Researchers of the multicenter study looked at the effect of nusinersen among 48 patients with spinal muscular atrophy (SMA) from 2 Italian hospitals, finding more active immune systems among the patients with SMA1, the most severe form of the disorder.
Treatments for spinal muscular atrophy (SMA) that affect the immune system may help improve symptoms of the disorder, suggest findings from a recent study, which indicate that nusinersen counteracts neuroinflammation in infants with the disorder.
Researchers of the multicenter study looked at the effect of nusinersen among 48 patients with SMA from 2 Italian hospitals, finding more active immune systems among the patients with SMA1, the most severe form of the disorder.
“Current SMA therарies increase expression of SMN protein through multiple mechanisms and induce significant clinical improvement in SMA patients treated pre-symptomatically, while delayed treatment often results in a more variable clinical response,” wrote the researchers. “However, the metabolic effects of these drug treatments are poorly defined and may shed light on strengths and limitations governing therapeutic efficacy as well as disease mechanisms.”
Across the 18 patients with SMA1, nusinersen resulted in a significant reduction in CSF levels of some, though not all, of the neuroinflammatory molecules that were increased at baseline. Before treatment, these patients had significant increases across several pro-inflammatory cytokines, including IL-6, IFN-γ, TNF-α, IL-2, IL-8, IL-12, IL-17, MIP-1α, MCP-1, and Eotaxin compared with the 19 patients with SMA2 and 11 patients with SMA3. Levels of neurotrophic factors PDGF-BB and VEGF were also higher among the patients with SMA1 at baseline.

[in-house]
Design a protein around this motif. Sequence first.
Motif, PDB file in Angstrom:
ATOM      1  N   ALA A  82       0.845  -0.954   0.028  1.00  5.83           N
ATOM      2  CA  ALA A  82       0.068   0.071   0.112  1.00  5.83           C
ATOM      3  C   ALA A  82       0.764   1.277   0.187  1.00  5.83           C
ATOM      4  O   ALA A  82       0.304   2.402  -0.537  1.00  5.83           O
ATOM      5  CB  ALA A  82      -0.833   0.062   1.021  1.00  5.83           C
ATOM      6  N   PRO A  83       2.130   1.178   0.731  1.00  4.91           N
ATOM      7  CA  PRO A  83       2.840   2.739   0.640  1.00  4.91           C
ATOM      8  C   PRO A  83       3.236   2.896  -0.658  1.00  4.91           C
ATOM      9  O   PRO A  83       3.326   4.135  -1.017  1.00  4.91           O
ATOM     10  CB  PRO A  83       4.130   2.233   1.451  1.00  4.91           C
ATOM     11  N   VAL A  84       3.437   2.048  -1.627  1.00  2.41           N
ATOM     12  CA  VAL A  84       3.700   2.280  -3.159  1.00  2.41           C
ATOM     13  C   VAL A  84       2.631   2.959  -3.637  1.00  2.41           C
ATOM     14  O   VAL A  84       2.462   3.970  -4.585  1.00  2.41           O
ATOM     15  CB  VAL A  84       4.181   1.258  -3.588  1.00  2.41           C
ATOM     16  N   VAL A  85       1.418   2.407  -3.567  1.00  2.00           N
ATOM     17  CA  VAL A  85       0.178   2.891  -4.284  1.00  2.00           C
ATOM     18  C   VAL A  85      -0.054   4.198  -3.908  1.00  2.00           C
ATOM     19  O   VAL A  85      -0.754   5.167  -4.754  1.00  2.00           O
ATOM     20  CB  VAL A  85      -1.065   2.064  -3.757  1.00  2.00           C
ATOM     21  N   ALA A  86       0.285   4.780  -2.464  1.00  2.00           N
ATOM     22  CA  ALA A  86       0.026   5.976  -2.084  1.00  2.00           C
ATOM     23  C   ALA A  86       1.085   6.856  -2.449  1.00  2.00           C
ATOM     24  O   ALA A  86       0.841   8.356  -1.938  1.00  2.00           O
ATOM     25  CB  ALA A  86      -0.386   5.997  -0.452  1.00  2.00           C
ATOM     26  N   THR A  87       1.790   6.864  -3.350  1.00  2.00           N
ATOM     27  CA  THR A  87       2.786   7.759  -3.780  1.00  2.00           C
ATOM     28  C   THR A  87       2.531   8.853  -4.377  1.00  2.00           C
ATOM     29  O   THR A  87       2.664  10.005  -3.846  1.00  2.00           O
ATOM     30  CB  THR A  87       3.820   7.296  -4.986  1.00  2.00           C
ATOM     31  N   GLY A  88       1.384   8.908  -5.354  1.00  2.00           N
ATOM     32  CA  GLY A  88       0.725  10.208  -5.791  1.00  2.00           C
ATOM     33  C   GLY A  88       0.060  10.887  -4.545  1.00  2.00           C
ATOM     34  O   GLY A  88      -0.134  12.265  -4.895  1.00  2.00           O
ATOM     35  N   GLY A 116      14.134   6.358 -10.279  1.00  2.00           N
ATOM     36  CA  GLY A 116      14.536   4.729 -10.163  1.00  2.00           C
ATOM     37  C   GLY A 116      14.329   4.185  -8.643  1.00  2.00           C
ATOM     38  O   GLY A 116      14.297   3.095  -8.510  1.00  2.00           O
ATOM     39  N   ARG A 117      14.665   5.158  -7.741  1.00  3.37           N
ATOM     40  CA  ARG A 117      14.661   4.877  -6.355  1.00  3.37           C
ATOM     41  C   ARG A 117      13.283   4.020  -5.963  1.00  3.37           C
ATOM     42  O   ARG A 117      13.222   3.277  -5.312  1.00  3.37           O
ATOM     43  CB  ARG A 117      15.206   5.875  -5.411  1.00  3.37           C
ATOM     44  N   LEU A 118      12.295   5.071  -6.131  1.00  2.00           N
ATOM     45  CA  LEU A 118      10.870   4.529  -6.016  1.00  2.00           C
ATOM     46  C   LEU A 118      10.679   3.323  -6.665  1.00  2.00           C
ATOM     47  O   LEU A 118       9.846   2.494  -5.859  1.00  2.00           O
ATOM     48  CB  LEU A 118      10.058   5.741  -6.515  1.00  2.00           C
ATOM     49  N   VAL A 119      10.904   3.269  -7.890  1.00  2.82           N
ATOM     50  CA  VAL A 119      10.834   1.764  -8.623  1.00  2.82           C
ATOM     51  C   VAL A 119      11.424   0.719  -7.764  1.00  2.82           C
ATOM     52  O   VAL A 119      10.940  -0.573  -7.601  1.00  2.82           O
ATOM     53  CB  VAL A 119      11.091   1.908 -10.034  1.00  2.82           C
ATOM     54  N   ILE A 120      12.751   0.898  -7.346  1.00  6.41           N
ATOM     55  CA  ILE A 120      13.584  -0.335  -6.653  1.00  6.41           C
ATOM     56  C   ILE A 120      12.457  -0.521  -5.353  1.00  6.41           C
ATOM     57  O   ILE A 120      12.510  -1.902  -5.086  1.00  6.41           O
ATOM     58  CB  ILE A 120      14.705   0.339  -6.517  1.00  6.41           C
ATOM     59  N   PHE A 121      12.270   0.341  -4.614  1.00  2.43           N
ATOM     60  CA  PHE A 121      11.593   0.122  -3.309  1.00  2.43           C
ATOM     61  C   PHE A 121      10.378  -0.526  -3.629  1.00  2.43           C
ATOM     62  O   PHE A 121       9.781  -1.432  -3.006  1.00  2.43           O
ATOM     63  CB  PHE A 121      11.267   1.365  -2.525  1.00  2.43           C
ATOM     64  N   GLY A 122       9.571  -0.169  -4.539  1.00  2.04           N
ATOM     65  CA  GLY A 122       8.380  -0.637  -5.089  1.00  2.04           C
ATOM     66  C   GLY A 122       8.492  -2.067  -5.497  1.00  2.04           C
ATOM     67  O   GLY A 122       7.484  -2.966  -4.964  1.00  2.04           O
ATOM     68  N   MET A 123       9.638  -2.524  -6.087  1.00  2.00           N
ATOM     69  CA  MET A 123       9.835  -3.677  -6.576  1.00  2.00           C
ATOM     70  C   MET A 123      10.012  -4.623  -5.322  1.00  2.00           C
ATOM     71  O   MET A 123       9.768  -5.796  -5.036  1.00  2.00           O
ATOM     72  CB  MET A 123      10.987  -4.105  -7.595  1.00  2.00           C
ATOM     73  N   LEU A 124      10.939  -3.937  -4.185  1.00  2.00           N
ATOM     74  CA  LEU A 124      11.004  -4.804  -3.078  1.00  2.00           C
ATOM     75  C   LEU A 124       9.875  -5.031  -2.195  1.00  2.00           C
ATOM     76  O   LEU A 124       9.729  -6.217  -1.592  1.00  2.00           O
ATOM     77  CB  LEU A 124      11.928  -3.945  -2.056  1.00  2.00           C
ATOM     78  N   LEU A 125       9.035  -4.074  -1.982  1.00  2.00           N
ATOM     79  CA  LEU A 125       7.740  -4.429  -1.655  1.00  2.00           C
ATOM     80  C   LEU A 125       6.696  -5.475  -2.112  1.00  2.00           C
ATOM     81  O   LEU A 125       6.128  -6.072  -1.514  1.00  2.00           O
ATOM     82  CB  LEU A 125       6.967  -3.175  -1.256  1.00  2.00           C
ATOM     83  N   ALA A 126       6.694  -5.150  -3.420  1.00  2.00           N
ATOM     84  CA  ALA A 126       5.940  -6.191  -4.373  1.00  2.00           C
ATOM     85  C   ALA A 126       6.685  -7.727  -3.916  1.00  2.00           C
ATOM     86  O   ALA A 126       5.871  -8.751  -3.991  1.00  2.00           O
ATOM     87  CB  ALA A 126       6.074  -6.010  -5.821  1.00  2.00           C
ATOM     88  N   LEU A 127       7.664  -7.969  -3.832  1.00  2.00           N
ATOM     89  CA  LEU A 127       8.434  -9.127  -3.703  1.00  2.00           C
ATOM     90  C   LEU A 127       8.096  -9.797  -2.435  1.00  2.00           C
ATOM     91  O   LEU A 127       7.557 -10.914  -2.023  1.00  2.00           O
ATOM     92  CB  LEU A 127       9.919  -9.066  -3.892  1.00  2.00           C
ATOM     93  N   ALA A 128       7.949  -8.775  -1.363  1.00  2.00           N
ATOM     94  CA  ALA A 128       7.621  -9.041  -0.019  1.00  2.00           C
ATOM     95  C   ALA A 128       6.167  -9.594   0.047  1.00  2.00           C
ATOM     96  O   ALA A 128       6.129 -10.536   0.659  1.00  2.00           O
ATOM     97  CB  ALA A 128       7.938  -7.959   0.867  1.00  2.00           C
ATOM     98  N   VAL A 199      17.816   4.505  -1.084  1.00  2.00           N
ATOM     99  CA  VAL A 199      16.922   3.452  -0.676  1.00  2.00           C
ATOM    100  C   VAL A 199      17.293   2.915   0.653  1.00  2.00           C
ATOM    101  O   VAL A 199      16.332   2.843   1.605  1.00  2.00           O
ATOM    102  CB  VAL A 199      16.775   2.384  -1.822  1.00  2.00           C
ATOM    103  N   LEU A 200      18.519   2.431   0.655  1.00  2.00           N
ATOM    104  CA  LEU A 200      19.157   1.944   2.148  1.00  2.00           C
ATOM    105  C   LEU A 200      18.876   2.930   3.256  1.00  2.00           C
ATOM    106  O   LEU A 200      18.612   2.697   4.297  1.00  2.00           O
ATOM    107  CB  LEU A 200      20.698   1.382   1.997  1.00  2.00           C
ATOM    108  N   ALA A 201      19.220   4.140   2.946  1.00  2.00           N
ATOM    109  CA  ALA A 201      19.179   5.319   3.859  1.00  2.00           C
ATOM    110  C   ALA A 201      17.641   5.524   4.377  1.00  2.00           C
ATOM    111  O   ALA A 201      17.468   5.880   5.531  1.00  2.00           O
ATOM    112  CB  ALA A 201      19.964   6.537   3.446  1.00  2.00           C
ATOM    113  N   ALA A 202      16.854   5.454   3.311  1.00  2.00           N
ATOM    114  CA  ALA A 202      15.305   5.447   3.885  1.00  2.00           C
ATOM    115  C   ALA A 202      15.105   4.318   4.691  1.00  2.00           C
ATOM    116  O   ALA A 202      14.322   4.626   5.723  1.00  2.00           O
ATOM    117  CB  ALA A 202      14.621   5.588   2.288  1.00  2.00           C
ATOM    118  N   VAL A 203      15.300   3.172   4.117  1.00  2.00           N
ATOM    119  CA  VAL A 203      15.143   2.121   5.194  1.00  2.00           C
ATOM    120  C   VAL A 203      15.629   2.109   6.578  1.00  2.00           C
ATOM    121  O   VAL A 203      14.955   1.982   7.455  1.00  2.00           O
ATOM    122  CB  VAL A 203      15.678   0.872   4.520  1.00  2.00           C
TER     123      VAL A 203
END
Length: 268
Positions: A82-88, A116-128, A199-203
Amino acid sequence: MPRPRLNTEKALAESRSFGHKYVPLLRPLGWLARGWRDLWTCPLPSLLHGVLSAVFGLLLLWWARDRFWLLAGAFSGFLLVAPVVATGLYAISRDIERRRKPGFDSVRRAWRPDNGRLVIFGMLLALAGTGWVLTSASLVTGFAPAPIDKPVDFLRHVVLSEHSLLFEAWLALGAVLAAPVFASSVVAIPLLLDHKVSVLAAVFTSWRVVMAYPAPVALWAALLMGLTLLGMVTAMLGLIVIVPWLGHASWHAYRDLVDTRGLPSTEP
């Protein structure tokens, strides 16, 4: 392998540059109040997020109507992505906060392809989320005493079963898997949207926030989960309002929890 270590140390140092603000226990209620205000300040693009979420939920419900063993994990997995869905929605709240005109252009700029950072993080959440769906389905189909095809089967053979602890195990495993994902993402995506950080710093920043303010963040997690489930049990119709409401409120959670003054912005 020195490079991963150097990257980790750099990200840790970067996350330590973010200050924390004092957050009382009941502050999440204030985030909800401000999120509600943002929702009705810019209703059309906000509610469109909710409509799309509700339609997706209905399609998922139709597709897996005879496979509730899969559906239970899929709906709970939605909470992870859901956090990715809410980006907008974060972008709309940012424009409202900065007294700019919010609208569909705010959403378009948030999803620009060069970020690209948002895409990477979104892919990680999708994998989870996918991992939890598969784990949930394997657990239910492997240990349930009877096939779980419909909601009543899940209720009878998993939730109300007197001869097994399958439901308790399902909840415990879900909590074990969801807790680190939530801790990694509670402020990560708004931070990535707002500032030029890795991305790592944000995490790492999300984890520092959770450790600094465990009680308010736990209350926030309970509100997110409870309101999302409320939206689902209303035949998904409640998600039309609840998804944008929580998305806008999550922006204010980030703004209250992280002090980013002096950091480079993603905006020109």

The increases observed at baseline, wrote the researchers, suggest that dysregulation is present across a wide array of cytokines, rather than concentrated amongst a few, in patients with the most severe form of the disease. The patients with SMA2 and SMA3 showed similar levels as the 4 controls included in the study.
“Our study reveals a remarkable increase in the CSF levels of potent pro-inflammatory cytokines that is specific to SMA1 patients relative to individuals affected by milder forms of the disease,” wrote the researchers of their retrospective findings. “These findings highlight an immunological disease feature of severe SMA, which links the magnitude of SMN protein deficiency to neuroinflammation. Consistent with a potential contribution to SMA pathogenesis, increased levels of the same neuroinflammatory cytokines have been documented in the CSF of patients with other neurodegenerative disease.”
CSF samples taken 64 and 302 days following the first injection of nusinersen showed that levels of IL-2, IL-4, IL-7, IL-9, IL-12, IL-17, VEGF, eotaxin and TNF-α significantly decreased following treatment. The finding suggests that IL-6, IL-8, IFN-γ, MCP1, MIP-1α, and PDGF-BB may be refractory to nusinersen treatment in these patients.
Among patients with SMA2, the treatment yielded increases in CSF levels of IL-8, G-CSF, MCP-1, MIP-1α, and MIP-1β compared with levels at baseline. For patients with SMA3, anti- IL-1ra was the only inflammatory molecule impacted by nusinersen treatment, levels of which decreased following treatment.
Nuzzo T, Russo R, Errico F, et al. Nusinersen mitigates neuroinflammation in severe spinal muscular atrophy patients. Commun Med. Published online February 15, 2023. doi:10.1038/s43856-023-00256-2